LANSING – Legislative, business and nonprofit leaders today called on the U.S. Senate to reinstate the federal unemployment benefits for the millions of Americans still out of work. The weekly $600 payments end today, and with U.S. Senate adjourning for the weekend, thousands of Michigan families will struggle to find ways to fill this financial void.
“Michigan still has half a million residents out of work through no fault of their own, and they are relying on the additional federal unemployment support to help them make their mortgage or rent payments and put food on the table,” said state Sen. Adam Hollier (D-Detroit). “With the U.S. Senate adjourning for the weekend, thousands of Michigan families in Detroit and beyond could be pushed to the brink of financial collapse at a time when our economy is still fragile. We should be doing everything in our power to support Michigan residents so they can buy medicine, pay their bills and hang on through this unprecedented pandemic. I am calling on leaders in Washington to act quickly to reinstate a federal unemployment program before it’s too late.”
“We know families were already struggling with food insecurity, even before the current pandemic,” says Dr. Darienne Hudson, president, and CEO of United Way for Southeastern Michigan. “With the end of the moratorium on evictions looming and the rollback of unemployment benefits, thousands of families are on the verge of losing their homes and their stability.”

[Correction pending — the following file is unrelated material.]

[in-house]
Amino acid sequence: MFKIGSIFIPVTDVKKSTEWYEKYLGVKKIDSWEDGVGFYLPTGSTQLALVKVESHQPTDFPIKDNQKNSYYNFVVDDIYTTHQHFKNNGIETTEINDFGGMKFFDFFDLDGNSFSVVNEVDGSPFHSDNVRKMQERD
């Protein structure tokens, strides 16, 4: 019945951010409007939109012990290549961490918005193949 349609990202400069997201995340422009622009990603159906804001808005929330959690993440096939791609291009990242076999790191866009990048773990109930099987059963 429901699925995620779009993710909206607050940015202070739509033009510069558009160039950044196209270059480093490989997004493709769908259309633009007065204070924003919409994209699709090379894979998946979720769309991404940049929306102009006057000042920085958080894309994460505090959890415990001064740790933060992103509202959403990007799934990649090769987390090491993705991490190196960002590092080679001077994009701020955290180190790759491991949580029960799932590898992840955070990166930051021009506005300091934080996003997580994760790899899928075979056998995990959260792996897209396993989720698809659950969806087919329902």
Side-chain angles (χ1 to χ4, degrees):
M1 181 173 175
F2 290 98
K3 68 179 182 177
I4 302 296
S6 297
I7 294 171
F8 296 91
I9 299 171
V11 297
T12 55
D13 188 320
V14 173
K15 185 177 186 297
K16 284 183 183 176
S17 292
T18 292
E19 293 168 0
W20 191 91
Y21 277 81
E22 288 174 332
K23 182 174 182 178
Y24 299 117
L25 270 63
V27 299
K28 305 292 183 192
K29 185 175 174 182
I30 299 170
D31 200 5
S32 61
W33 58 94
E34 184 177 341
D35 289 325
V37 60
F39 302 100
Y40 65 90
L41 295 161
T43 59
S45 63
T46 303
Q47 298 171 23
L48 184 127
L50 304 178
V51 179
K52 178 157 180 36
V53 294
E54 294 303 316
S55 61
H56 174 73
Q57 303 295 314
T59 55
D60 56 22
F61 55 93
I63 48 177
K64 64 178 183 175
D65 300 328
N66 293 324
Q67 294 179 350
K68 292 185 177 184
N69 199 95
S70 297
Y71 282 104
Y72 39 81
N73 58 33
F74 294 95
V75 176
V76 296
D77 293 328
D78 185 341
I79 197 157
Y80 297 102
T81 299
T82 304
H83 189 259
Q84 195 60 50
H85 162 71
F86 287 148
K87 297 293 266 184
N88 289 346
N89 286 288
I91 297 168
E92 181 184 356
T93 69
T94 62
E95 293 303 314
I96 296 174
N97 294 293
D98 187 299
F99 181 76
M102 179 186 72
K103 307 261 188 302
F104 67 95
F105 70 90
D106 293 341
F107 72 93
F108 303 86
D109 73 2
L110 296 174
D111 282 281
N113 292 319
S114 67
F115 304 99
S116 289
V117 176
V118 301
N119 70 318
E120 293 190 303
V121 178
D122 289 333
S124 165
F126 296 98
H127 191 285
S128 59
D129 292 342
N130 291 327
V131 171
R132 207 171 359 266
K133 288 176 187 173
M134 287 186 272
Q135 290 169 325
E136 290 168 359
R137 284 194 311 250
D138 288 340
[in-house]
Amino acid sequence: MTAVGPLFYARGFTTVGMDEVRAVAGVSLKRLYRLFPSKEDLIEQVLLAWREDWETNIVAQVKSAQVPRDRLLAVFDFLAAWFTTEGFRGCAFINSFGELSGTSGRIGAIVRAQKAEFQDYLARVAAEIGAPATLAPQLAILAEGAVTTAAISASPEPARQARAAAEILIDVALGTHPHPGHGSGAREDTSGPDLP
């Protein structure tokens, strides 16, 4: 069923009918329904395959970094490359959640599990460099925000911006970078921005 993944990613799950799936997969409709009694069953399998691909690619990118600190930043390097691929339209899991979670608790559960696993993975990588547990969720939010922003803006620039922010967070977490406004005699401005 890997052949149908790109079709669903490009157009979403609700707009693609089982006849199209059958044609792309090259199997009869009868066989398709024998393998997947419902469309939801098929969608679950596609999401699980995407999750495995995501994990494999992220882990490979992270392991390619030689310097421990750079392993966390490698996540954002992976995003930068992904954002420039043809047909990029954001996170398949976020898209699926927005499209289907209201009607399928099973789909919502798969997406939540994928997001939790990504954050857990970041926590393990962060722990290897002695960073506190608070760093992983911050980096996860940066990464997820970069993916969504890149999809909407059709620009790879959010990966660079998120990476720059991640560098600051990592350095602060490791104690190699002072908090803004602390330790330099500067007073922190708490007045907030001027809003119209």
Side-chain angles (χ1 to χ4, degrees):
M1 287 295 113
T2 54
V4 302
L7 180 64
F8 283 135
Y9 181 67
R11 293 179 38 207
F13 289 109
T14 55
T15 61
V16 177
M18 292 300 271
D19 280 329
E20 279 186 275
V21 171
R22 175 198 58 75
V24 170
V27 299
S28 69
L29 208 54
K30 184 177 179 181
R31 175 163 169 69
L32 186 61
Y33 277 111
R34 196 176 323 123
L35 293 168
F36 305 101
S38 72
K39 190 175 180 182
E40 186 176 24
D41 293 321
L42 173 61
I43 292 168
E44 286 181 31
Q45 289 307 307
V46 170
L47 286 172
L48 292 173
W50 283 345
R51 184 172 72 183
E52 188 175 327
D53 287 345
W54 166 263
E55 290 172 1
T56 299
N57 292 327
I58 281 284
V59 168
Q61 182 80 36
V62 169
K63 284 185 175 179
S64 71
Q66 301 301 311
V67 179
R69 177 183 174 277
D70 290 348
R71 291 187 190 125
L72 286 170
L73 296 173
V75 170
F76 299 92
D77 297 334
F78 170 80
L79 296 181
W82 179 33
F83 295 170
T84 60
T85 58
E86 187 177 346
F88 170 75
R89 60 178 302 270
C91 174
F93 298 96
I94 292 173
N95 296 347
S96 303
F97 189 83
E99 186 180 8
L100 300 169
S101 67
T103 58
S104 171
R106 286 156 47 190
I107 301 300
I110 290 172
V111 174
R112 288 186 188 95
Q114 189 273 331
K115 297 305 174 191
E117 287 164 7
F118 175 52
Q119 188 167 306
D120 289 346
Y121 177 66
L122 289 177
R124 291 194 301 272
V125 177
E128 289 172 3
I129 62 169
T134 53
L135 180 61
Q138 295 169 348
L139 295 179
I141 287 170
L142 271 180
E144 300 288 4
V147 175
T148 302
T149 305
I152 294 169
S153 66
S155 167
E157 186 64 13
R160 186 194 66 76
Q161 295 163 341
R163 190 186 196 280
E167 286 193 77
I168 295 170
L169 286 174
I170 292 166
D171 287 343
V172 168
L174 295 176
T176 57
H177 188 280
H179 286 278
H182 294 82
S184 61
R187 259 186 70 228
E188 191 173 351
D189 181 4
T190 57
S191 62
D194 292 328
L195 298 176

“The COVID-19 pandemic has devastated our economy and more than 500,000 Michiganders are still bearing the brunt of this crisis,” said Branden Snyder, executive director Detroit Action and the Michigan Small Business Alliance. “Nearly half of Black and one-third of Latino Detroiters say they have lost their job due to the pandemic in a region that is already grappling with unemployment and poverty. The loss of this weekly federal unemployment payment is a huge hit to thousands of already vulnerable families. Many Michigan workers have been counting on both federal and state unemployment to weather the storm. If we can keep our families and businesses out of crippling debt by making sure they have basic resources to pay their bills, we can get these hardworking people back on their feet and into new jobs when our economy slowly begins to rebuild, which could be awhile.”
“Michigan’s small businesses have suffered greatly due to the ongoing pandemic,” said Hanna Schulze, president of Local First and Good for Michigan. “We’ve seen the federal government time and again prioritize large wealthy corporations over small, locally owned businesses. Lack of action at the federal level to support struggling Americans has the potential to cause a devastating ripple effect that will cause even more damage to our already fragile economy. More money in Michiganders’ pockets means more money that can help keep our small businesses and local economy running. Now, more than ever, we need our Congressional Delegation to fight to ensure Michigan families and businesses get the critical resources they need to survive.”